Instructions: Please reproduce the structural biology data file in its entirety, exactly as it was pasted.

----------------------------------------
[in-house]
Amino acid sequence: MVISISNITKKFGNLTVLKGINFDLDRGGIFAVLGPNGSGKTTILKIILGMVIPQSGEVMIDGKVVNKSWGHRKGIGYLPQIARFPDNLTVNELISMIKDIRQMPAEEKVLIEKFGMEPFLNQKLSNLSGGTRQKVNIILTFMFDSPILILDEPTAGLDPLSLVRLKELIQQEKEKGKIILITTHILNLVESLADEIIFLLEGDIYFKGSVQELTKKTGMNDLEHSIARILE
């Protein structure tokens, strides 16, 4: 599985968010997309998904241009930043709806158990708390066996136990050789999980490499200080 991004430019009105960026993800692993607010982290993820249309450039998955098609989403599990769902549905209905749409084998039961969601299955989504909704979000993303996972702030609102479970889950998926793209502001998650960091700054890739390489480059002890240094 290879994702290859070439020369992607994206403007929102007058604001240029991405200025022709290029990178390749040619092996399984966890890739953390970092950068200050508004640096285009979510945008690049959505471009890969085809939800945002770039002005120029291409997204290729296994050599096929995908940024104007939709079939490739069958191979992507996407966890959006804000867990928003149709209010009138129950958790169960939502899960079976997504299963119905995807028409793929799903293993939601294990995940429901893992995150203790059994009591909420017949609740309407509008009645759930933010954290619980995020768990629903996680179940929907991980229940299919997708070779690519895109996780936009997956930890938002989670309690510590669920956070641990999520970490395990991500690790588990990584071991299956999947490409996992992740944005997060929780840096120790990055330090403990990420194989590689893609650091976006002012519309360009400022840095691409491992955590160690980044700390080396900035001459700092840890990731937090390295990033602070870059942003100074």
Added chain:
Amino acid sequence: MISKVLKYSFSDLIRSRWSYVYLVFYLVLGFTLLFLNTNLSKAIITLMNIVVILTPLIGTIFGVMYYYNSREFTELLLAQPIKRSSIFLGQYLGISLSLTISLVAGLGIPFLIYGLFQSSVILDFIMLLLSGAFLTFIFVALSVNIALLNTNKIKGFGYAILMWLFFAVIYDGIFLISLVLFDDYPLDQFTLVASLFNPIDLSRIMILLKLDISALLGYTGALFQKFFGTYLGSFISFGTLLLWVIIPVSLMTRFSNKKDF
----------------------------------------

[in-house]
Amino acid sequence: MVISISNITKKFGNLTVLKGINFDLDRGGIFAVLGPNGSGKTTILKIILGMVIPQSGEVMIDGKVVNKSWGHRKGIGYLPQIARFPDNLTVNELISMIKDIRQMPAEEKVLIEKFGMEPFLNQKLSNLSGGTRQKVNIILTFMFDSPILILDEPTAGLDPLSLVRLKELIQQEKEKGKIILITTHILNLVESLADEIIFLLEGDIYFKGSVQELTKKTGMNDLEHSIARILE
């Protein structure tokens, strides 16, 4: 599985968010997309998904241009930043709806158990708390066996136990050789999980490499200080 991004430019009105960026993800692993607010982290993820249309450039998955098609989403599990769902549905209905749409084998039961969601299955989504909704979000993303996972702030609102479970889950998926793209502001998650960091700054890739390489480059002890240094 290879994702290859070439020369992607994206403007929102007058604001240029991405200025022709290029990178390749040619092996399984966890890739953390970092950068200050508004640096285009979510945008690049959505471009890969085809939800945002770039002005120029291409997204290729296994050599096929995908940024104007939709079939490739069958191979992507996407966890959006804000867990928003149709209010009138129950958790169960939502899960079976997504299963119905995807028409793929799903293993939601294990995940429901893992995150203790059994009591909420017949609740309407509008009645759930933010954290619980995020768990629903996680179940929907991980229940299919997708070779690519895109996780936009997956930890938002989670309690510590669920956070641990999520970490395990991500690790588990990584071991299956999947490409996992992740944005997060929780840096120790990055330090403990990420194989590689893609650091976006002012519309360009400022840095691409491992955590160690980044700390080396900035001459700092840890990731937090390295990033602070870059942003100074």
Added chain:
Amino acid sequence: MISKVLKYSFSDLIRSRWSYVYLVFYLVLGFTLLFLNTNLSKAIITLMNIVVILTPLIGTIFGVMYYYNSREFTELLLAQPIKRSSIFLGQYLGISLSLTISLVAGLGIPFLIYGLFQSSVILDFIMLLLSGAFLTFIFVALSVNIALLNTNKIKGFGYAILMWLFFAVIYDGIFLISLVLFDDYPLDQFTLVASLFNPIDLSRIMILLKLDISALLGYTGALFQKFFGTYLGSFISFGTLLLWVIIPVSLMTRFSNKKDF